Loughmacrory is a
small village in County Tyrone, Northern Ireland. It is
situated eight miles east of Omagh on the shores of
Lough Macrory. It had a population of 237 in the 2001
Census, since then the population has been estimated to
be around 400. The village has houses, shops, a church
and a primary school grouped around a crossroads
location. Also located in the village is an old mill
from where its original name of "Milltown" came from.
The original mill stone has been cleverly incorporated
into the bus shelter at the crossroads and is an
impressive way to preserve the history of the village.
As well as having spectacular views, Loughmacrory is
also abundant in natural and man-made history. There are
ancient cairns and standing stones dotted around the
countryside. Also not to be missed are the fairy trees
and giant's grave.
Loughmacrory has a good example of a wedge tomb. It is
located 3km from An Creagan and is a burial chamber of
six people with a front chamber and doorway marked by 3
stones, with double walls made of large upright stones,
and a roof of flat stones called 'lintels'. It is known
as a Wedge Tomb because of its unusual shape and is
believed to have been constructed around 4000 years ago.
Loughmacrory has the seven sisters situated on the
Cookstown line. These are small loughs situated close
together. Loughmacrory is situated in the Omagh District
'The Lough', as it is referred to locally, is one of
Tyrone's hidden gems. If you enjoy a walk in fresh
countryside air, then you should come to Loughmacrory,
and walk around the lough shore. The 1.3 mile gravel
hiking path around the lough is a popular destination
for walkers from throughout the county.
At the end of the tarred laneway walkers can either walk
straight ahead or turn left. The path follows the
shoreline of the lough and whichever direction you
choose you will arrive back at this starting point. The
walk is a gravel path which follows the shoreline of the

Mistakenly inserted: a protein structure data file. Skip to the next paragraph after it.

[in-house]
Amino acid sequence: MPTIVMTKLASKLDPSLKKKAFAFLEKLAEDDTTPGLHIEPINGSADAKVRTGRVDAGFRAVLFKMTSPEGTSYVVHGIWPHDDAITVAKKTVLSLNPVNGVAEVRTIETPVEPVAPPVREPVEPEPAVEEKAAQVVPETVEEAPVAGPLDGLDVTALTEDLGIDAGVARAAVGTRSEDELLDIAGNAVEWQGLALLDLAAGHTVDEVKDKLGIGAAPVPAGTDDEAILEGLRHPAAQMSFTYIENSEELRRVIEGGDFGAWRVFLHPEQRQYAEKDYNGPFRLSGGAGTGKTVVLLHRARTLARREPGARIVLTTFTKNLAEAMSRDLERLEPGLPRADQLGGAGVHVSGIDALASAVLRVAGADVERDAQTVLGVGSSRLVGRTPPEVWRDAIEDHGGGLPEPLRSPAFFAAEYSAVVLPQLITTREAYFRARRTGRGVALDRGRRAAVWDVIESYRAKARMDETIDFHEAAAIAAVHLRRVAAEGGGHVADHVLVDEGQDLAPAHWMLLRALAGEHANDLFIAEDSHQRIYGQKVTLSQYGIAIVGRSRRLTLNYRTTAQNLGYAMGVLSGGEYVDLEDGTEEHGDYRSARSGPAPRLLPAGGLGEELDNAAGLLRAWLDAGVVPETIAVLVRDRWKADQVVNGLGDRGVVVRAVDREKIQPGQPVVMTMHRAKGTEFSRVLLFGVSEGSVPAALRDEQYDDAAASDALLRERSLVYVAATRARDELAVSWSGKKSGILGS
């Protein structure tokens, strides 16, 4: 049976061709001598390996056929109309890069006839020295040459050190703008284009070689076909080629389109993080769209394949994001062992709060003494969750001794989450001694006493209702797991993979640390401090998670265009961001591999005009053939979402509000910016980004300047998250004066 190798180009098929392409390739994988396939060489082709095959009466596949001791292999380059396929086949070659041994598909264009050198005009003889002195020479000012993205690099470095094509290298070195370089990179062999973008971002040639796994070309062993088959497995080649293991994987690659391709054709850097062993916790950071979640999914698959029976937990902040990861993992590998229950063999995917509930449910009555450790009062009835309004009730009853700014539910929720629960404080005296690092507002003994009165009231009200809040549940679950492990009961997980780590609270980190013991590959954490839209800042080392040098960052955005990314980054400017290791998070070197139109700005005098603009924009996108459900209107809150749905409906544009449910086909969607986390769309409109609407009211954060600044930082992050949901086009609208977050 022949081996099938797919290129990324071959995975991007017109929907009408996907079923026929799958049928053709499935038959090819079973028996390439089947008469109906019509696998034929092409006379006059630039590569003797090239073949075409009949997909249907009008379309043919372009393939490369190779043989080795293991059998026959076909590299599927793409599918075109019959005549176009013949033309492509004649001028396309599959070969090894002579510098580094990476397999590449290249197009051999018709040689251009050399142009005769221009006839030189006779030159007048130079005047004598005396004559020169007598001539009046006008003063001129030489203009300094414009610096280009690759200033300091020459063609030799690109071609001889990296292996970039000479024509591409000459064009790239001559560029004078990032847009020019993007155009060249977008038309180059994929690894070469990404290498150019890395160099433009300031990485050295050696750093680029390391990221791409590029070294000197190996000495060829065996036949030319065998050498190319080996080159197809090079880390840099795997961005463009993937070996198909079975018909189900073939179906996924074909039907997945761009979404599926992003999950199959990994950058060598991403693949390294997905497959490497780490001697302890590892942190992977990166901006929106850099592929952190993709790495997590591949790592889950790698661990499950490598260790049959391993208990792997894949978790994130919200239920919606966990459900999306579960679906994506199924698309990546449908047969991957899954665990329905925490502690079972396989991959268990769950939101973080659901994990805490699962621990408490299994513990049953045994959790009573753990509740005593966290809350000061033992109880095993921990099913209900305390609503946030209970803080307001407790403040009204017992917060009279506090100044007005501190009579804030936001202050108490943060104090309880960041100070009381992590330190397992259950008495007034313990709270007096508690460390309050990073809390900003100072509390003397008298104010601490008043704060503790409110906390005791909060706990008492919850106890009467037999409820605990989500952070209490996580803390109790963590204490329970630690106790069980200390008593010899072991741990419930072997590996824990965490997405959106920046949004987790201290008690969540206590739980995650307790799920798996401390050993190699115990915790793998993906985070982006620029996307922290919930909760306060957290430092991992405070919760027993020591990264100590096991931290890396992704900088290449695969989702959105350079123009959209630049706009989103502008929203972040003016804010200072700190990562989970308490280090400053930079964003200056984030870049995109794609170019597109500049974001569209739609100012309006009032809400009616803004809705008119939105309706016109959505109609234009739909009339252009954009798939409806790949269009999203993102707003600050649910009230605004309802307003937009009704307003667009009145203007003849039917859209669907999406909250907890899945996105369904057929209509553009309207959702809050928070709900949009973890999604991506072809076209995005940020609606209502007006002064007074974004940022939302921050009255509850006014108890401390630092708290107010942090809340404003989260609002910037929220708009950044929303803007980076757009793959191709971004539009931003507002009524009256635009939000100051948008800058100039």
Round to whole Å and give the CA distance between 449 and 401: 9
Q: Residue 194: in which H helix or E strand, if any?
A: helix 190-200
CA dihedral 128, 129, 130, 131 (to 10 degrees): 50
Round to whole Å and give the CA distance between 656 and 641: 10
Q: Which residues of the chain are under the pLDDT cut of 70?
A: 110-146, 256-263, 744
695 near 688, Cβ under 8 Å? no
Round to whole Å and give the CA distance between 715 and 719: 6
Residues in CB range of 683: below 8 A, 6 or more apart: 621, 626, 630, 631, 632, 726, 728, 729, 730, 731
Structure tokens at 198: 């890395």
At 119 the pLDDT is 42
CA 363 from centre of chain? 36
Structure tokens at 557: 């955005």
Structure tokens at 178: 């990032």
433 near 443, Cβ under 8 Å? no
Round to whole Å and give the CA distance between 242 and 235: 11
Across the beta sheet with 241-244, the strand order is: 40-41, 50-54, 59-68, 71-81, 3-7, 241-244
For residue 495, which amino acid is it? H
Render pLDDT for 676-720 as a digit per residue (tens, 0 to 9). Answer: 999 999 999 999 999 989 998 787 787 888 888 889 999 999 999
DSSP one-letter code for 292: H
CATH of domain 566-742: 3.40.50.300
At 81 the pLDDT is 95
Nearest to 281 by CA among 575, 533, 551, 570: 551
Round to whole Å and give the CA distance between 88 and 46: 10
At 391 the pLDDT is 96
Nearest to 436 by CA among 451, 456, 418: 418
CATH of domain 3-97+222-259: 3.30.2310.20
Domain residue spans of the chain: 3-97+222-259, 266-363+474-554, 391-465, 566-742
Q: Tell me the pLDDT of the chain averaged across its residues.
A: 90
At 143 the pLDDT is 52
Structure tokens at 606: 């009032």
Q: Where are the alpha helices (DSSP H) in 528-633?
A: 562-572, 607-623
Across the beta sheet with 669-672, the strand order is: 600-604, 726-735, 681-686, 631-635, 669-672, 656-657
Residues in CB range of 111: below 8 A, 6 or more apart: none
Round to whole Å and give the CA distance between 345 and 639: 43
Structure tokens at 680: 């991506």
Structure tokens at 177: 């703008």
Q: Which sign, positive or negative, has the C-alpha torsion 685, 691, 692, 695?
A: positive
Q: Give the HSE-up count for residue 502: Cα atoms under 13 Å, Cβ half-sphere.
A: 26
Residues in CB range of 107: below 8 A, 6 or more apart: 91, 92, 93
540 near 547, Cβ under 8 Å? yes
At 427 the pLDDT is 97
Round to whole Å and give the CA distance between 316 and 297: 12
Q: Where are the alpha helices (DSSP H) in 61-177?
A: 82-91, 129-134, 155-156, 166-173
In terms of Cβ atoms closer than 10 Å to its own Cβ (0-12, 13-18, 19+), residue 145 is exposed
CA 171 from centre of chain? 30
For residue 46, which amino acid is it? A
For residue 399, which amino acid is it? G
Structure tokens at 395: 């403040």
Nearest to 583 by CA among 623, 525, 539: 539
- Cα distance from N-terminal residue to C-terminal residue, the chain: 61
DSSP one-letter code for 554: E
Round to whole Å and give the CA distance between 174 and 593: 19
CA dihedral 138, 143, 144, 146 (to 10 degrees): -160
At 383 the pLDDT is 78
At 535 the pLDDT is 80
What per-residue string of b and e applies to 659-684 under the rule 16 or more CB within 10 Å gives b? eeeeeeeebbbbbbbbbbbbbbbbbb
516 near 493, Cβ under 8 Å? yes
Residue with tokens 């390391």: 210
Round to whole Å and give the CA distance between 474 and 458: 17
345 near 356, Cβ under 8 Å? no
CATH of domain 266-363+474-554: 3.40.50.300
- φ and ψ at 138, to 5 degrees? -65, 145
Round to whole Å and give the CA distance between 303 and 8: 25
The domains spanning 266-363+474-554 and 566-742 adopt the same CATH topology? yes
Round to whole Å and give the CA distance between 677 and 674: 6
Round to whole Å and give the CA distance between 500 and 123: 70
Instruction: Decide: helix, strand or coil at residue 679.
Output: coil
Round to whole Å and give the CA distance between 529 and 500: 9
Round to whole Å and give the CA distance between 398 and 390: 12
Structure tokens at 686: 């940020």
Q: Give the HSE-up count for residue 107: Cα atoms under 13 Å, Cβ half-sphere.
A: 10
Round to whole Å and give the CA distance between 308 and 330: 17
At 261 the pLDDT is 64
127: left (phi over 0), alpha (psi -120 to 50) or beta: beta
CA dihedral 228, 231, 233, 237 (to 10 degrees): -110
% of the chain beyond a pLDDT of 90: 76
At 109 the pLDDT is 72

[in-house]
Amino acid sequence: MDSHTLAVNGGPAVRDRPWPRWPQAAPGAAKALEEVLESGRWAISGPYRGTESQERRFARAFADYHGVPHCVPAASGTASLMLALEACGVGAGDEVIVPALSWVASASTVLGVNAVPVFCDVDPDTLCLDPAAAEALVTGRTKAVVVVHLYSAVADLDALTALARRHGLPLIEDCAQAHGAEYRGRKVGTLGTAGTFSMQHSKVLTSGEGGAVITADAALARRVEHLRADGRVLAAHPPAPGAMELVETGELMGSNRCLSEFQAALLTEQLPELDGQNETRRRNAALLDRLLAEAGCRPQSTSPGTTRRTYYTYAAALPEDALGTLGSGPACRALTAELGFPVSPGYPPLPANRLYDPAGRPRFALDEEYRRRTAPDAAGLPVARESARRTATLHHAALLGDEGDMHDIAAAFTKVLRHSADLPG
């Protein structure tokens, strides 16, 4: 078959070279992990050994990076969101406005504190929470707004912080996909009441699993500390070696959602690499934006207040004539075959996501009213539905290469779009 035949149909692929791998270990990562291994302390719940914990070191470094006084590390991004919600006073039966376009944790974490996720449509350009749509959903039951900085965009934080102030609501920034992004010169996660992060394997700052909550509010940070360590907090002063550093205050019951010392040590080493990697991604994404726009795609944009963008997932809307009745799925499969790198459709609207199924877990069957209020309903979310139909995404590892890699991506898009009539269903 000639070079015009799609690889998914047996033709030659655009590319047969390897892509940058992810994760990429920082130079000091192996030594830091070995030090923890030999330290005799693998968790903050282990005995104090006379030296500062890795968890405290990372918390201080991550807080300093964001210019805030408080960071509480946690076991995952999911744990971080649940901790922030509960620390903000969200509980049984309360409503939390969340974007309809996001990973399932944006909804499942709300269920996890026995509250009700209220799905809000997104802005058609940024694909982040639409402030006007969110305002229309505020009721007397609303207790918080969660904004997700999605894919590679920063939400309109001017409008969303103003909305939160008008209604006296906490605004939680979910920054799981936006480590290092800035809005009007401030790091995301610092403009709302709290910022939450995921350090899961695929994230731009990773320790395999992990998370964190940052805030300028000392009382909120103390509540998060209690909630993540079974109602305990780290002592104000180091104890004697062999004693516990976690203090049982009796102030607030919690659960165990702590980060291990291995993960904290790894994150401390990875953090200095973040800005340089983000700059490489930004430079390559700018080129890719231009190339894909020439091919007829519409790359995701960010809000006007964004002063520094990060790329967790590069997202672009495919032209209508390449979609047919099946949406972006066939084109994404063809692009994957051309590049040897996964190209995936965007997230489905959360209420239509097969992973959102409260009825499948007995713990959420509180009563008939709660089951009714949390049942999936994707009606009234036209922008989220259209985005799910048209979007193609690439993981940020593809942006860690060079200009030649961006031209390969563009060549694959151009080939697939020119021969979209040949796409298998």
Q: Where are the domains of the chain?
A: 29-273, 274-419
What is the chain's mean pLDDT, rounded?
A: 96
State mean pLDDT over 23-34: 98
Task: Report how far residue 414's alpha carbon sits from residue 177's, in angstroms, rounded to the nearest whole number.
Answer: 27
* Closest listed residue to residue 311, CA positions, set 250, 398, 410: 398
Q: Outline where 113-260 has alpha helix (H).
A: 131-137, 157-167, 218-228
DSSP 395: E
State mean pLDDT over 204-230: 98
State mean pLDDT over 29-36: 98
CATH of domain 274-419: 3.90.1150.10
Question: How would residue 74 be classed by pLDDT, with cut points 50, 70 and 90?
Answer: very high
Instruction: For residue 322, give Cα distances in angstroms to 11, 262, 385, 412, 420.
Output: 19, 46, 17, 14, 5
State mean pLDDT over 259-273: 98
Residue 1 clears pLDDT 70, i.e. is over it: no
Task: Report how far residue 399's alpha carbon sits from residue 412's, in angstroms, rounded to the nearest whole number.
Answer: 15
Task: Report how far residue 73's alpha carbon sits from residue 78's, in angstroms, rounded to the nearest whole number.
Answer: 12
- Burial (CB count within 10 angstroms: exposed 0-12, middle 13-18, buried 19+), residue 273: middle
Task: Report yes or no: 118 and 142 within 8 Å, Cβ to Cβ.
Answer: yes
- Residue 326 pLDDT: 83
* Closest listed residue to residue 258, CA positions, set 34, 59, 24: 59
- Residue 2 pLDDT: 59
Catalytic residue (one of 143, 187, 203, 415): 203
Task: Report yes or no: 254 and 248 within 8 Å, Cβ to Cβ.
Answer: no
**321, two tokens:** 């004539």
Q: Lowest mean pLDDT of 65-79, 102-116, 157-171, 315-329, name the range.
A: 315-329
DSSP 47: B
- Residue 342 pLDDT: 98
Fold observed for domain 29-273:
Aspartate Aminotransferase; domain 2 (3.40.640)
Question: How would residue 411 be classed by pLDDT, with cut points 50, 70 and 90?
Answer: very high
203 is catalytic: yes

lough. There are a few gentle inclines along the way.
Five kissing gates, which are wheelchair and buggy
accessible prevent bikes and quads from using the walk.
There is only one path which follows the shoreline of
the lough, so you'll not get lost.
Toilet facilities are provided to the left of the
starting point close to the community building.
Walking around the shore of Loughmacrory Lough is a
refreshing and relaxing way to unwind. Enjoy the flora
and fauna of this beautiful, unspoilt freshwater
environment and enjoy the changing views of the lough
from around its shoreline. You might be lucky enough to
glimpse the electric blue flash of a kingfisher or see
the swans and wild geese that visit. The wild duck also
hatch and rear their young at the north side of the
Grid reference for the start and finish of the
Loughmacrory Lough walk: H573759.
The lough is a haven for wildlife, and one can expect to
see wild trout rising in the waters, while a host of
insects, and birds are active during the warmer months.
Newts, frogs, and all sorts of pond life can be found on
the marshy borders to the walking path. At night you can
spot bats, and moths.... there were 53 moths captured
and released over a weekend in May 2010 at the Lough - 6
different types of moth: Hebrew Character, Early Thorn,
Glaucous Shears, Water Carpet, Clouded Drab, and Early
Toothed Stripe.The Glaucous Shears and Early Toothed
Stripe are scarce. The rest are widespread. These are
new records for this area as recording has never taken
To find out more on
the area visit their website